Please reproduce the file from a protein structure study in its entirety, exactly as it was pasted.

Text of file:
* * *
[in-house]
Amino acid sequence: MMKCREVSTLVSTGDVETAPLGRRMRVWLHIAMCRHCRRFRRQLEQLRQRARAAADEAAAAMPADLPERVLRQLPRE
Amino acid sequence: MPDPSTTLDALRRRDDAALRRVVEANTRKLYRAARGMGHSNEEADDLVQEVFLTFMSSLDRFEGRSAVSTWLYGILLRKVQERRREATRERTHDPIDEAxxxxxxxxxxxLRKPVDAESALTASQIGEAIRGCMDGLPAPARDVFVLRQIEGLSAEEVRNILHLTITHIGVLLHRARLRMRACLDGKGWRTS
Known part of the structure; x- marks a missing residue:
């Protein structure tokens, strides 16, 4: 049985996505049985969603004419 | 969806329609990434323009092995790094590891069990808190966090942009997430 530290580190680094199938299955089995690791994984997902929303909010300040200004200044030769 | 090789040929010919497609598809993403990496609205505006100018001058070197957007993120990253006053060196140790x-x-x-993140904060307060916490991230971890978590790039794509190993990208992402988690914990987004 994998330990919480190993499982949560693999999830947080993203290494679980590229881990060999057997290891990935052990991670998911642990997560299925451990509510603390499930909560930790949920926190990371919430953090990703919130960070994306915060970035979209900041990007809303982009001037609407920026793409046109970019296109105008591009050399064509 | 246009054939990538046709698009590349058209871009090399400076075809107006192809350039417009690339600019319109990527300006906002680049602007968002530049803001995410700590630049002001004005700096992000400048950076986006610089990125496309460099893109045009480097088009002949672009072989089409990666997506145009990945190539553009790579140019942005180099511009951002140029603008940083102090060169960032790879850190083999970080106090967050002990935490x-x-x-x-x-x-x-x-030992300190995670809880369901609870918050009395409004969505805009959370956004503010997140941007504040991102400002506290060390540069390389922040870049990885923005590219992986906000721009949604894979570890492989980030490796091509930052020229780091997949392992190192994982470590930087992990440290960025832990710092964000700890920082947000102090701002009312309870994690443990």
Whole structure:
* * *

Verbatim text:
[in-house]
Amino acid sequence: MMKCREVSTLVSTGDVETAPLGRRMRVWLHIAMCRHCRRFRRQLEQLRQRARAAADEAAAAMPADLPERVLRQLPRE
Amino acid sequence: MPDPSTTLDALRRRDDAALRRVVEANTRKLYRAARGMGHSNEEADDLVQEVFLTFMSSLDRFEGRSAVSTWLYGILLRKVQERRREATRERTHDPIDEAxxxxxxxxxxxLRKPVDAESALTASQIGEAIRGCMDGLPAPARDVFVLRQIEGLSAEEVRNILHLTITHIGVLLHRARLRMRACLDGKGWRTS
Known part of the structure; x- marks a missing residue:
């Protein structure tokens, strides 16, 4: 049985996505049985969603004419 | 969806329609990434323009092995790094590891069990808190966090942009997430 530290580190680094199938299955089995690791994984997902929303909010300040200004200044030769 | 090789040929010919497609598809993403990496609205505006100018001058070197957007993120990253006053060196140790x-x-x-993140904060307060916490991230971890978590790039794509190993990208992402988690914990987004 994998330990919480190993499982949560693999999830947080993203290494679980590229881990060999057997290891990935052990991670998911642990997560299925451990509510603390499930909560930790949920926190990371919430953090990703919130960070994306915060970035979209900041990007809303982009001037609407920026793409046109970019296109105008591009050399064509 | 246009054939990538046709698009590349058209871009090399400076075809107006192809350039417009690339600019319109990527300006906002680049602007968002530049803001995410700590630049002001004005700096992000400048950076986006610089990125496309460099893109045009480097088009002949672009072989089409990666997506145009990945190539553009790579140019942005180099511009951002140029603008940083102090060169960032790879850190083999970080106090967050002990935490x-x-x-x-x-x-x-x-030992300190995670809880369901609870918050009395409004969505805009959370956004503010997140941007504040991102400002506290060390540069390389922040870049990885923005590219992986906000721009949604894979570890492989980030490796091509930052020229780091997949392992190192994982470590930087992990440290960025832990710092964000700890920082947000102090701002009312309870994690443990």
Whole structure: